NDSU football and fans celebrate FCS Championship in Frisco, Texas

Thirsty for more: Keys for a Bison six-pack

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Winning national championships is not easy. In fact, it is incredibly hard. So hard, few teams repeat, let alone three-peat. Only one other team besides North Dakota State has notched the four-peat, and no other team, at any level of college or professional football, had won five in a row. Repeating as champions, according to Hall of Fame basketball coach Pat Riley, is the hardest thing to do in sports. NDSU has entered the pantheon of all-time great teams by doing something never before done in winning five consecutive national championships.

What makes this story all the more unique, unbelievable, iconic, fill-in-the-blank with whatever word you choose, as if winning five straight titles was not historic enough, the Bison will open next fall as the consensus No. 1 team in the Football Championship Subdivision. The Bison will be favored to win a sixth consecutive championship in 2016.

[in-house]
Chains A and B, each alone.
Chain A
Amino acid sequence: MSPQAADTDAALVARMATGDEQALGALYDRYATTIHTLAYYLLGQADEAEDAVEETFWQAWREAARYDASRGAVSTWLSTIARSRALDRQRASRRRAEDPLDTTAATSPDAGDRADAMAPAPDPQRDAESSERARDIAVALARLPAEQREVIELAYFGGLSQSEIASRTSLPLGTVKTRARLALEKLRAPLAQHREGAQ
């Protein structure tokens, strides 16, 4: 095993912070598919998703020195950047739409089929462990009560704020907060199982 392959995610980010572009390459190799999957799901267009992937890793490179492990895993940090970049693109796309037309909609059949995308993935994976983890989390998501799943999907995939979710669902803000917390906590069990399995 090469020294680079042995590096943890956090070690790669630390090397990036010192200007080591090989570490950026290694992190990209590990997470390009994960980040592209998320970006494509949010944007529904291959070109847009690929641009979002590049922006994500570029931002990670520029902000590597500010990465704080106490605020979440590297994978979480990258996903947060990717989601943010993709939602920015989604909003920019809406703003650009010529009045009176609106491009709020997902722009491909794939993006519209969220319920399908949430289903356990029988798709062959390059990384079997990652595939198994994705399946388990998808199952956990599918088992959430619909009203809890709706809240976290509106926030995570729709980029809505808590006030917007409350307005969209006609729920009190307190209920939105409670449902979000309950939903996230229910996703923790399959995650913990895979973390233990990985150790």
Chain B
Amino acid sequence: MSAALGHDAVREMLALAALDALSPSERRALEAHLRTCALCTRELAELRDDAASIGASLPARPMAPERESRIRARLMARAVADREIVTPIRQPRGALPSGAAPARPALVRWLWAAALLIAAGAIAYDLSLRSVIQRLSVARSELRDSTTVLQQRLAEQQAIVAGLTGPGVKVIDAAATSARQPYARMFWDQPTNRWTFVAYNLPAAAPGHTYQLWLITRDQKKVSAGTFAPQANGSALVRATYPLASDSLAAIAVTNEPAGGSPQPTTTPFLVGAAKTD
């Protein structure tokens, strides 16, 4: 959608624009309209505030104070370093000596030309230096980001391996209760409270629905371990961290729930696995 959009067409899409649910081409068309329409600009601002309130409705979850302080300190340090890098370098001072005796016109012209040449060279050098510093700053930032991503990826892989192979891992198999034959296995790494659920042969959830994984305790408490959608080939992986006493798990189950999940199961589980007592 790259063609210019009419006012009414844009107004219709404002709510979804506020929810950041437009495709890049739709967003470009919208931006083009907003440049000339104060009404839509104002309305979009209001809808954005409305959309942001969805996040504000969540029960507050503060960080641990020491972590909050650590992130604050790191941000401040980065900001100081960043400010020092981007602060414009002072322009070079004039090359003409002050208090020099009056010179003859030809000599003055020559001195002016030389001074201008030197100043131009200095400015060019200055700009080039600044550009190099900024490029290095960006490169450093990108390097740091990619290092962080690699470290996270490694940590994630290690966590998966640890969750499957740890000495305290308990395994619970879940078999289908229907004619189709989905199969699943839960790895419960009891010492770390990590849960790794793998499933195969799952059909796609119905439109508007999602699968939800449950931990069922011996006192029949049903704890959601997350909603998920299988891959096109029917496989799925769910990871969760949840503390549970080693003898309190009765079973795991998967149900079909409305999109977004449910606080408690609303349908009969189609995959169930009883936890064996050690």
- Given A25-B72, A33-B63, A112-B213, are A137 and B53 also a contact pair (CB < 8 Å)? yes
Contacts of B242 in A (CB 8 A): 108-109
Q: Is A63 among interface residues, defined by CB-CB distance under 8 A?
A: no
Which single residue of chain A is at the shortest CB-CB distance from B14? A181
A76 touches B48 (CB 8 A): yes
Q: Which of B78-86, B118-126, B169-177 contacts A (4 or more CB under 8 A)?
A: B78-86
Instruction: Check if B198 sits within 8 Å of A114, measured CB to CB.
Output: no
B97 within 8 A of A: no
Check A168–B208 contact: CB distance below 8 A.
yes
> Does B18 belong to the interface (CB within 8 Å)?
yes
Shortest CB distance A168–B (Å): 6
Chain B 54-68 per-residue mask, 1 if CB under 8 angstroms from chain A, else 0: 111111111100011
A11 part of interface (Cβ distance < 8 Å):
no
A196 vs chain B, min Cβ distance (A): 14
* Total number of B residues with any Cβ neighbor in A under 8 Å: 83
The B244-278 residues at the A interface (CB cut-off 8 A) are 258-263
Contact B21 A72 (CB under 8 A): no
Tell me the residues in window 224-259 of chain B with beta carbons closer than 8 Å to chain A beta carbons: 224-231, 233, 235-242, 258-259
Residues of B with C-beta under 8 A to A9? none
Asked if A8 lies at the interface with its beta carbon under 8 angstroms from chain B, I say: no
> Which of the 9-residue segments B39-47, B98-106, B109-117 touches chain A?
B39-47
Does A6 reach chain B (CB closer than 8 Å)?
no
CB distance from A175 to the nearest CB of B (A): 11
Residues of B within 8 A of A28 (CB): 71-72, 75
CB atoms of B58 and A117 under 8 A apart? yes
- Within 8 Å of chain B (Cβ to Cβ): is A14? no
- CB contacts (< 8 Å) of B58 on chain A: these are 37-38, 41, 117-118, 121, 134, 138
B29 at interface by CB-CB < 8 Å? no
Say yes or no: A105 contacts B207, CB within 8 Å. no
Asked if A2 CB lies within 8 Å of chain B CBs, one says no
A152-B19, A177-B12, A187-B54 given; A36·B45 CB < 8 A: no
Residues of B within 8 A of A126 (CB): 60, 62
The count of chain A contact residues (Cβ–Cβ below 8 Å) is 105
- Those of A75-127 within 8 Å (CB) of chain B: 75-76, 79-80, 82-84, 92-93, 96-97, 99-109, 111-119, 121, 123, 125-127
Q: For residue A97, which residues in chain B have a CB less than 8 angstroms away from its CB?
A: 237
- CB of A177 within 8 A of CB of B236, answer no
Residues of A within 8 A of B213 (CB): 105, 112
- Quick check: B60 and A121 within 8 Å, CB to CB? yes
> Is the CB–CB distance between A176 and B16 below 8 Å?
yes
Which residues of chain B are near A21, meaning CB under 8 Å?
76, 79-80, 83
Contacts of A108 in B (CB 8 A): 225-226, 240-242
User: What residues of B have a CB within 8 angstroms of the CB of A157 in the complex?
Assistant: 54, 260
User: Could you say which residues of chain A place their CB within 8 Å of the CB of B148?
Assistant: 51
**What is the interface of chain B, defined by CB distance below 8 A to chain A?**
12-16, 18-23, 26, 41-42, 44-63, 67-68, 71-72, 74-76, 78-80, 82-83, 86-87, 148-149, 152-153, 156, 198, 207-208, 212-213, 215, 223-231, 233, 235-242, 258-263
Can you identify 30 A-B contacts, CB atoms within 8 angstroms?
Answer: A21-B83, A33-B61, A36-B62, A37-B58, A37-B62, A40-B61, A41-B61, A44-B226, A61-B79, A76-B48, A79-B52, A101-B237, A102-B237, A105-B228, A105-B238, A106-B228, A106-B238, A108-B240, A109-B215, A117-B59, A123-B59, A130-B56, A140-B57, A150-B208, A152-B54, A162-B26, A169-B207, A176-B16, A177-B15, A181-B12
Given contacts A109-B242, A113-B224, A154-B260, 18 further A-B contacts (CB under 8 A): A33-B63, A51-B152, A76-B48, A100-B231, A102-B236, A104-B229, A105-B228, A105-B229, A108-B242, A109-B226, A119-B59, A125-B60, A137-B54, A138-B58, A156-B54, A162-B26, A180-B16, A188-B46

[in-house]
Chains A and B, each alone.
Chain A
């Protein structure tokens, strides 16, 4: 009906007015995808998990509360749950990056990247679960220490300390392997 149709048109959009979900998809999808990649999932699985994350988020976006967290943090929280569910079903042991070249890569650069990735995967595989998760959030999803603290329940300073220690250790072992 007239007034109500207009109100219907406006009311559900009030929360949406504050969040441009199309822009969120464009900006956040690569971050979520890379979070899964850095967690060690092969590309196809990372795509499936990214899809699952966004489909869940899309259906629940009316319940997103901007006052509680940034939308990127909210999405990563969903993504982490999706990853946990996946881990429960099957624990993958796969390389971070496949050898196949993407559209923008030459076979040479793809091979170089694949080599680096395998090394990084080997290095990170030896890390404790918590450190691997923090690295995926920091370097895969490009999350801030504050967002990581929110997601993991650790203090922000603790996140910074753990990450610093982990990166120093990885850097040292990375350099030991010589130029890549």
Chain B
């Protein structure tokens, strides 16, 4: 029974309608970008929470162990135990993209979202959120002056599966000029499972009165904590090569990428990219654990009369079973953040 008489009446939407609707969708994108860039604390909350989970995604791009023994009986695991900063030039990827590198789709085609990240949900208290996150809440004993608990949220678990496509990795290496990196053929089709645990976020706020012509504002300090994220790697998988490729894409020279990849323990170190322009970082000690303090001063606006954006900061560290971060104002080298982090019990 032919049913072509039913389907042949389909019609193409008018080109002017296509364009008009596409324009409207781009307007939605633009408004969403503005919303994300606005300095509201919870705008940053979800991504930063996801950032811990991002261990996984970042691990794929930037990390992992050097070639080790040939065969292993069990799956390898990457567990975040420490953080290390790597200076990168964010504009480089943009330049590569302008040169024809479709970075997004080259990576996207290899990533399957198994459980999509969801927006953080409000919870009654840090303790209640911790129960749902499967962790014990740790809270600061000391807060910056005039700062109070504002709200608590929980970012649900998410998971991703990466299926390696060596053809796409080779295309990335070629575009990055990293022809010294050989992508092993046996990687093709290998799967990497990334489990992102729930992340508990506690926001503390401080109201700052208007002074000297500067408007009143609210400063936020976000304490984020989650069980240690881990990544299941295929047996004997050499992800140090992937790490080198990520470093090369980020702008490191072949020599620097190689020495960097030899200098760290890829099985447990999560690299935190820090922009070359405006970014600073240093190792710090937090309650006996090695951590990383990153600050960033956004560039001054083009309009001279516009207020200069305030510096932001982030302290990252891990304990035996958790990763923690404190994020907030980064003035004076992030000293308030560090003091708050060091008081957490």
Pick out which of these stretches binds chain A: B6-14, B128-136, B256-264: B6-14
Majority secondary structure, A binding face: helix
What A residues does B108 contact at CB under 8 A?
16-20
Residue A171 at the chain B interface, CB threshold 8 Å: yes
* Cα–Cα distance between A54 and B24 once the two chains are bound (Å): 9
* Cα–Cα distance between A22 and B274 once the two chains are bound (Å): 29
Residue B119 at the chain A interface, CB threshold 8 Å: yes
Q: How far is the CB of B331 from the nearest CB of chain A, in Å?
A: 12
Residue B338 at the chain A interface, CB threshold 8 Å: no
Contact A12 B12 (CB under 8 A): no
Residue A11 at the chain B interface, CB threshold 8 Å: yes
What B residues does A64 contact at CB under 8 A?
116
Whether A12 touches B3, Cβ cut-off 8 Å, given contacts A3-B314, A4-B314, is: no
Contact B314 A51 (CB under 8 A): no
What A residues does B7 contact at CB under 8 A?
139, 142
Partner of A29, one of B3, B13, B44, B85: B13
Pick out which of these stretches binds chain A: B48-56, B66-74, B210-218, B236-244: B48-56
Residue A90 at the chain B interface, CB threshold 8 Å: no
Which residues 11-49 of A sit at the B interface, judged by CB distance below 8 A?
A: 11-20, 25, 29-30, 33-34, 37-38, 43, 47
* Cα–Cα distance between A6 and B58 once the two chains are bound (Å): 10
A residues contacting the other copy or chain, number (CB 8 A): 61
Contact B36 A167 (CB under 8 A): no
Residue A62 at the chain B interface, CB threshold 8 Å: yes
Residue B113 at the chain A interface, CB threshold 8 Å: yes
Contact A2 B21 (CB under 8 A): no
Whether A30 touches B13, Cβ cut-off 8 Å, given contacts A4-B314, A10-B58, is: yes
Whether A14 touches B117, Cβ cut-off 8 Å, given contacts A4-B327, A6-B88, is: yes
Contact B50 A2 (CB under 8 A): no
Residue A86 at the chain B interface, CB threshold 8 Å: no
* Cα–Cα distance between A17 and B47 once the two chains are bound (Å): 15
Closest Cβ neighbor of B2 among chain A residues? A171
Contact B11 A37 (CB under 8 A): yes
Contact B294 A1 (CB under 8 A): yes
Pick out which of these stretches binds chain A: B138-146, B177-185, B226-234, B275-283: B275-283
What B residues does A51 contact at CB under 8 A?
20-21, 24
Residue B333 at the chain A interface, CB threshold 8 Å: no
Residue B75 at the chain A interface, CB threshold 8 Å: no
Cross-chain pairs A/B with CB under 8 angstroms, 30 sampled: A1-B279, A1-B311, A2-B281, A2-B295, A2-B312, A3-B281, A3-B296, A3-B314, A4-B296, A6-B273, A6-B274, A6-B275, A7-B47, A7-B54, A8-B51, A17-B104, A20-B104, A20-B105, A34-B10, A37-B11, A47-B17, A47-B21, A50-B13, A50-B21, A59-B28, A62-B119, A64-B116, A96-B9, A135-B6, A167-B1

NDSU returns 16 of 22 starters and has a bevy of players that gained valuable playing time in 2015, although not in a starting role. Among those starters are preseason Buck Buchanan Award candidate, linebacker Nick DeLuca, and quarterback Easton Stick, who guided the Bison to an 8-0 record while top NFL draft prospect Carson Wentz was sidelined with a broken wrist.

Nobody is betting against the Bison returning to Frisco for the six-pack, which is a change from the last two years when most experts thought NDSU’s run of championships would finally come to an end. What will it take for the Bison to notch the repeat three-peat? Here are five keys to look for when NDSU opens camp next August.

NDSU football Easton Stick warms up before first game

1. The Easton Stick show

We caught a glimpse of how special a player and leader Stick is as he guided NDSU to eight straight wins after a devastating home loss to South Dakota. Not only did the Bison fall to 4-2 after the upset to the Coyotes, they lost Wentz for the next eight games. Many doubted whether NDSU could even win a playoff game, let alone compete for a national championship when Wentz went down.